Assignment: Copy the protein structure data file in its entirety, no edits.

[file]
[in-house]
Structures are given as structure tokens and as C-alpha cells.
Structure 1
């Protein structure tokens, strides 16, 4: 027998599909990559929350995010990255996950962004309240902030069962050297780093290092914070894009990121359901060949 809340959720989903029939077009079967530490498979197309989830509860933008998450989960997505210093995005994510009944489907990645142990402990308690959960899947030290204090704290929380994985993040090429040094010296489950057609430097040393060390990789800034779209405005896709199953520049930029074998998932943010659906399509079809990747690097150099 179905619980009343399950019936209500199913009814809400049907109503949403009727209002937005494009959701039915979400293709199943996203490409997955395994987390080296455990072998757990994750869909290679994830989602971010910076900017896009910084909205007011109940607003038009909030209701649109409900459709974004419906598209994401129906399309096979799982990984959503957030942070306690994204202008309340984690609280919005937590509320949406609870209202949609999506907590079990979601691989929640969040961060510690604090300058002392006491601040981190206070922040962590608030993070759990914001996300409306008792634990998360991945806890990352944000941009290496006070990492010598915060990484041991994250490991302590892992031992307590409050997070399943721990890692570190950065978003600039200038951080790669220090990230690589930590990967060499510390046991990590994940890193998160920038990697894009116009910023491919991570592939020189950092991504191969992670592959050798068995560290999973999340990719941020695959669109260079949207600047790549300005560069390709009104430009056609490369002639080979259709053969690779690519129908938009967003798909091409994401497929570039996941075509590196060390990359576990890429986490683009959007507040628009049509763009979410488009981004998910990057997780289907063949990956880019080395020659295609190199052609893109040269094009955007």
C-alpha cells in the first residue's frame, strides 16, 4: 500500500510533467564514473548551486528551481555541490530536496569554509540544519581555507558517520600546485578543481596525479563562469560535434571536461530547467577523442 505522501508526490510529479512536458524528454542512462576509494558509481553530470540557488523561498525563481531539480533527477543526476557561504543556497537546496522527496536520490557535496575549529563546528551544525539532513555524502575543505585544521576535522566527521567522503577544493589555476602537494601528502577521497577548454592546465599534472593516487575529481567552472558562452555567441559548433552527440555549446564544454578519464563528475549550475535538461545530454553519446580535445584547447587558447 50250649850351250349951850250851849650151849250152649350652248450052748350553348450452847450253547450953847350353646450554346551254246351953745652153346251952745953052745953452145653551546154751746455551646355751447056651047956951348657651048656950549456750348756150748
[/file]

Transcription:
[in-house]
Structures are given as structure tokens and as C-alpha cells.
Structure 1
């Protein structure tokens, strides 16, 4: 027998599909990559929350995010990255996950962004309240902030069962050297780093290092914070894009990121359901060949 809340959720989903029939077009079967530490498979197309989830509860933008998450989960997505210093995005994510009944489907990645142990402990308690959960899947030290204090704290929380994985993040090429040094010296489950057609430097040393060390990789800034779209405005896709199953520049930029074998998932943010659906399509079809990747690097150099 179905619980009343399950019936209500199913009814809400049907109503949403009727209002937005494009959701039915979400293709199943996203490409997955395994987390080296455990072998757990994750869909290679994830989602971010910076900017896009910084909205007011109940607003038009909030209701649109409900459709974004419906598209994401129906399309096979799982990984959503957030942070306690994204202008309340984690609280919005937590509320949406609870209202949609999506907590079990979601691989929640969040961060510690604090300058002392006491601040981190206070922040962590608030993070759990914001996300409306008792634990998360991945806890990352944000941009290496006070990492010598915060990484041991994250490991302590892992031992307590409050997070399943721990890692570190950065978003600039200038951080790669220090990230690589930590990967060499510390046991990590994940890193998160920038990697894009116009910023491919991570592939020189950092991504191969992670592959050798068995560290999973999340990719941020695959669109260079949207600047790549300005560069390709009104430009056609490369002639080979259709053969690779690519129908938009967003798909091409994401497929570039996941075509590196060390990359576990890429986490683009959007507040628009049509763009979410488009981004998910990057997780289907063949990956880019080395020659295609190199052609893109040269094009955007």
C-alpha cells in the first residue's frame, strides 16, 4: 500500500510533467564514473548551486528551481555541490530536496569554509540544519581555507558517520600546485578543481596525479563562469560535434571536461530547467577523442 505522501508526490510529479512536458524528454542512462576509494558509481553530470540557488523561498525563481531539480533527477543526476557561504543556497537546496522527496536520490557535496575549529563546528551544525539532513555524502575543505585544521576535522566527521567522503577544493589555476602537494601528502577521497577548454592546465599534472593516487575529481567552472558562452555567441559548433552527440555549446564544454578519464563528475549550475535538461545530454553519446580535445584547447587558447 50250649850351250349951850250851849650151849250152649350652248450052748350553348450452847450253547450953847350353646450554346551254246351953745652153346251952745953052745953452145653551546154751746455551646355751447056651047956951348657651048656950549456750348756150748